Canadian dollar lower, G7 warns of consequences of volatile currency moves - InfoNews

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Canadian dollar lower, G7 warns of consequences of volatile currency moves

February 12, 2013 - 5:37 AM

TORONTO - The Canadian dollar was lower Tuesday morning amid mainly higher commodities and a warning from the Group of Seven leading industrial nations that volatile movements in exchange rates can adversely hit the global economy.

The loonie was off 0.11 of a cent to 99.46 cents US.

The statement from the G7 group, which includes Canada, also affirmed their commitment to exchange rates determined by the markets and not government policy.

The statement came out prior to a weekend meeting of Group of 20 Finance ministers where exchange rates and the threat of a "currency war" are expected to feature heavily.

"Today’s anticipated G7 statement draws the line that beyond committing to market determined exchange rates and noting that excessive volatility have adverse implications, the G7 commits that they will not target foreign exchange rates through monetary policy," said Scotia Capital chief currency strategist Camilla Sutton.

"This distinction is important as if monetary policy’s intended outcome is to weaken the currency for economic gain it would be considered part of a currency war; however if monetary policy’s goal is to improve the domestic economic environment and the by product is a weaker currency than it is far more globally acceptable."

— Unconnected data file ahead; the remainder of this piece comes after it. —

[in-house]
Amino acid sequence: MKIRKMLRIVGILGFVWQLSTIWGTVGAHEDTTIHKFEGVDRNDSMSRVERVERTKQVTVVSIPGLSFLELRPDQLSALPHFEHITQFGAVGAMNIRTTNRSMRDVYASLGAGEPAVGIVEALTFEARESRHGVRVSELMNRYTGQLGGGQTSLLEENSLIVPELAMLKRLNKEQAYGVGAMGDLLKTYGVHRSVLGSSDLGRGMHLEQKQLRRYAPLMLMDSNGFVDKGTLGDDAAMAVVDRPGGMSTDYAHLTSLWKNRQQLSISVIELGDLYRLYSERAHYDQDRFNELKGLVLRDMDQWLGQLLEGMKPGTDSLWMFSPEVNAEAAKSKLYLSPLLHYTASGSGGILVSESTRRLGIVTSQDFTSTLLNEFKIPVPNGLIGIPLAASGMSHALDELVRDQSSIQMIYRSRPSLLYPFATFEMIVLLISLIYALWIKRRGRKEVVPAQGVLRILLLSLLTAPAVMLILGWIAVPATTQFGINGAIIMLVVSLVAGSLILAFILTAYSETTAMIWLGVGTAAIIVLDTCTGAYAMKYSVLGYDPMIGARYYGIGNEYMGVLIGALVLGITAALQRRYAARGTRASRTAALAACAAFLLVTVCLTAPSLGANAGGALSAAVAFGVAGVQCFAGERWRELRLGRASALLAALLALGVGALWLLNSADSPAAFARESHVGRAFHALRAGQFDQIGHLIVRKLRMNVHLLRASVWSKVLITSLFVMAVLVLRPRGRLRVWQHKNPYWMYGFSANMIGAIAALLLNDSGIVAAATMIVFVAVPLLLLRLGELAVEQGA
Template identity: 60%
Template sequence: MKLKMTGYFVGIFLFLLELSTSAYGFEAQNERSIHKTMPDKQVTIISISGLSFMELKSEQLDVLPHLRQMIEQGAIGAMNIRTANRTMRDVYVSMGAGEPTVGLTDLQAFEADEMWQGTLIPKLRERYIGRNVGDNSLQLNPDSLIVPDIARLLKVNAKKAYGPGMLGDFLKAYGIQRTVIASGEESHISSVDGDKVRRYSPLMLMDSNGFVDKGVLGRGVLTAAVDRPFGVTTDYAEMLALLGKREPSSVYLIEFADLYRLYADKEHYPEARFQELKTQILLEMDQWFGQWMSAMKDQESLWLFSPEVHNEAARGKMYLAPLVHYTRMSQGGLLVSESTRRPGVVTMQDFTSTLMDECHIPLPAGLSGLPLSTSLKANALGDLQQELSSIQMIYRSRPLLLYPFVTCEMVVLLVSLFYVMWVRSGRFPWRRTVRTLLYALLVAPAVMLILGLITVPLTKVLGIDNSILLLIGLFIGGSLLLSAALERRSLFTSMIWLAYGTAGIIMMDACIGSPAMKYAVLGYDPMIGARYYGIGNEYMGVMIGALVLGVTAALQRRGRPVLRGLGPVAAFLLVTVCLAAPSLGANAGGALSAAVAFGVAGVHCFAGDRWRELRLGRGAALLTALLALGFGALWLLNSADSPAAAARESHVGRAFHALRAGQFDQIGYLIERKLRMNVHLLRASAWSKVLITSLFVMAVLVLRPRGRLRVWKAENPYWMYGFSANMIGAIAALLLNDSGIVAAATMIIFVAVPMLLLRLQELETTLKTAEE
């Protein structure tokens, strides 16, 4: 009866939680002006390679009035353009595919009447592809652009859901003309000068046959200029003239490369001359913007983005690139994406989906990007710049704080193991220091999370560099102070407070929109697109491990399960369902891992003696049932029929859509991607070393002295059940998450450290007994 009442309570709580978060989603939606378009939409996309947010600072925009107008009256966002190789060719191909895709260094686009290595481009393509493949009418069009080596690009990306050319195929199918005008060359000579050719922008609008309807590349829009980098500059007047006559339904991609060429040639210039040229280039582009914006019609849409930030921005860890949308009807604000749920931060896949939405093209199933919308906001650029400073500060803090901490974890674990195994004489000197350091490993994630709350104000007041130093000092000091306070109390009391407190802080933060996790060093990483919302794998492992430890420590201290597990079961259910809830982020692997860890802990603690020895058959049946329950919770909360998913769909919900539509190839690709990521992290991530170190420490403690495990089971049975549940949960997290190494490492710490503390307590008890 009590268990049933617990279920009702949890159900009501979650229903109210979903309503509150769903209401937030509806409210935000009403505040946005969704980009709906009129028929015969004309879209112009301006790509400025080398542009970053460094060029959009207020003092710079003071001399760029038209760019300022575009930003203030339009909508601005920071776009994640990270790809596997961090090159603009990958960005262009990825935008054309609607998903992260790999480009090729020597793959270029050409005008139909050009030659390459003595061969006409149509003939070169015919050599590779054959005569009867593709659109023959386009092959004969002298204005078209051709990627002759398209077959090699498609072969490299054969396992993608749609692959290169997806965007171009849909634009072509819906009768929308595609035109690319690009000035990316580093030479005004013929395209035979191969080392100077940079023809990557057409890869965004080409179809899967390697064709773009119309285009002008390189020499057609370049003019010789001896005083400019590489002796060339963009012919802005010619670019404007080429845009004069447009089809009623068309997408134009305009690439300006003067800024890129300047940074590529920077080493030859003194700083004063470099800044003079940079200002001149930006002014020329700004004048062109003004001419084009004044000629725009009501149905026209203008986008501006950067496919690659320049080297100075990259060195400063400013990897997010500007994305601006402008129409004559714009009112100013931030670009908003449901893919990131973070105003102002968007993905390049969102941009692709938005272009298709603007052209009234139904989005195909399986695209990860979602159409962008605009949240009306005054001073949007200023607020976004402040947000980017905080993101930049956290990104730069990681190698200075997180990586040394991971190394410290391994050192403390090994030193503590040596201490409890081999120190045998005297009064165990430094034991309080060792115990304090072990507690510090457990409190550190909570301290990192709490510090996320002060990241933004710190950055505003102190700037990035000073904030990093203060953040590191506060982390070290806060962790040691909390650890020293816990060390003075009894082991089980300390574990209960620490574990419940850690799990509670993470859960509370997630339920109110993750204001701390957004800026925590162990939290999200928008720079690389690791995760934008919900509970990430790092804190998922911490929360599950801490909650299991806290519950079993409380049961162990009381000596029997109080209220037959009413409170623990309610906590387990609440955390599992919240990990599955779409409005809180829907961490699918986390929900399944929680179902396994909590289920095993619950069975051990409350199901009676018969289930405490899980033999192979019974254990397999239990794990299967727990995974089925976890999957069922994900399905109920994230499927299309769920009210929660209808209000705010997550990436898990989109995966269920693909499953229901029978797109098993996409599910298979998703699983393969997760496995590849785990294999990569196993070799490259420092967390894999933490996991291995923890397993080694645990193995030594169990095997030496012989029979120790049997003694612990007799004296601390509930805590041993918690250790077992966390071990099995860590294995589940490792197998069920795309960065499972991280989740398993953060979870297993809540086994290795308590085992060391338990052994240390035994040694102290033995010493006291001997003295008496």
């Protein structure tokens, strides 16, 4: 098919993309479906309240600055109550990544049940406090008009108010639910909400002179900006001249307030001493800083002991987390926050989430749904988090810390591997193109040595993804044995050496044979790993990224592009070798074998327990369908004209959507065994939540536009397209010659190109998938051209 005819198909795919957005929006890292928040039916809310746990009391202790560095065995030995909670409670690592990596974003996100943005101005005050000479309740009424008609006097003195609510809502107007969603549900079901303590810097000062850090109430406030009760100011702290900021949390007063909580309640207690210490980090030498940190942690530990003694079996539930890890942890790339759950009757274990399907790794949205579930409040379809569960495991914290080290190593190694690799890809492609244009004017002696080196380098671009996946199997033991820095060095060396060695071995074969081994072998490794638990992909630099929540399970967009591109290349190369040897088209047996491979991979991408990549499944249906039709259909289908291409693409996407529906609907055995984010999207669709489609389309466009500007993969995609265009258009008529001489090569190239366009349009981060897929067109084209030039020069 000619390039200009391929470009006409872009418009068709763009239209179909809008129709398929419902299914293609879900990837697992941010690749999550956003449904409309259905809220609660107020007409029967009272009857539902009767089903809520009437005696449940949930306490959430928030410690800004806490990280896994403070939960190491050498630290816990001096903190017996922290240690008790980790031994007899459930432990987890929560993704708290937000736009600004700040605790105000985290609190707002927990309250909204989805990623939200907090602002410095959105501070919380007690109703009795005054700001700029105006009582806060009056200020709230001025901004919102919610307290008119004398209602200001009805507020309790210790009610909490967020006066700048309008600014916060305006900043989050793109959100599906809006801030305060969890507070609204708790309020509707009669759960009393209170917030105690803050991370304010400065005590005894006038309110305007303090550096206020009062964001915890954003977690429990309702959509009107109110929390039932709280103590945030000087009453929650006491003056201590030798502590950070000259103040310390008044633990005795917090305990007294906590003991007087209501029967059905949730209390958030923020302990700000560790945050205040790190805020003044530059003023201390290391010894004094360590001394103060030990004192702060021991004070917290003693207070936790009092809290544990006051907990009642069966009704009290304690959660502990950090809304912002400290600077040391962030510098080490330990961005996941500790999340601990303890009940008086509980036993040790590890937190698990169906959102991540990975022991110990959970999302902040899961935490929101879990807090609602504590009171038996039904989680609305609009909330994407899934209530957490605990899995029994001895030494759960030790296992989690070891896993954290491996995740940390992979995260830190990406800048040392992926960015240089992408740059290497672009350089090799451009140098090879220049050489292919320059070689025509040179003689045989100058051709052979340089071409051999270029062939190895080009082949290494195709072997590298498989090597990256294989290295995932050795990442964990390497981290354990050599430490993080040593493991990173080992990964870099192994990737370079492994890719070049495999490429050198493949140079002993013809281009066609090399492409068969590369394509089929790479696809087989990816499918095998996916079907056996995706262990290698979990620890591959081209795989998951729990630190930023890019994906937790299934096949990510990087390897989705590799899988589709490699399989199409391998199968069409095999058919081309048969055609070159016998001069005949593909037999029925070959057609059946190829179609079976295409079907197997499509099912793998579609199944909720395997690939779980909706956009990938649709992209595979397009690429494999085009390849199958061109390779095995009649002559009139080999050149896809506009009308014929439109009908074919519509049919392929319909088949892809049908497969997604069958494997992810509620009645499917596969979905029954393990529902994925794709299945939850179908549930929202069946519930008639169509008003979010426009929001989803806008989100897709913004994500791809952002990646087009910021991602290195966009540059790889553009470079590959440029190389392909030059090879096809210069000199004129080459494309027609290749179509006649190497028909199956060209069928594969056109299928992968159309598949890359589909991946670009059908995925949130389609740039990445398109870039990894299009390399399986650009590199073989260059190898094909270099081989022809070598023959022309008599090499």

Attention has been centred recently on the Japanese yen, which dropped Monday to its lowest against the U.S. dollar since May 2010. The Japanese government has not directly intervened to get the value of the yen down. But it has set in motion a series of economic policies, such as a higher two per cent target for Japanese inflation that many in the markets think will lead to more money being created in Japan.

One parallel effect of that policy has been a rise in the euro, which threatens to make the region’s exports more expensive and hinder the economic recovery.

Despite the G7 statement, the yen remained stable Tuesday as analysts observed that any country could claim that its loose monetary policy was used to help the domestic economy, not set the interest rate. There is little to stop the Japanese central bank, for example, from continuing to pursue its ultra-loose monetary policies.

Markets were unfazed by a nuclear test conducted by North Korea on Tuesday. Pyongyang said it successfully detonated a miniaturized nuclear device at a northeastern test site.

Oil prices advanced, adding to Monday's gain of over $1 largely due to a weaker U.S. dollar. The March contract on the New York Mercantile Exchange gained 66 cents to US$97.69 a barrel.

April bullion on the Nymex edged $1.40 higher to US$1,647.70 an ounce while March copper in New York moved up two cents to US$3.74 a pound.

It is a light day on the economic calendar.

Traders will be looking to Bank of Canada governor Mark Carney, who is appearing before the House of Commons Standing Committee on Finance Tuesday morning.

"Of interest is how much worse he feels about the economy following sharp declines in employment and housing starts in January," said BMO Capital Markets senior economist Sal Guatieri.

"The declines, though likely exaggerated following surprising strength late last year, imply a serious downside risk to the Bank's 2.3 per cent first quarter growth estimate."

News from © The Canadian Press, 2013
The Canadian Press

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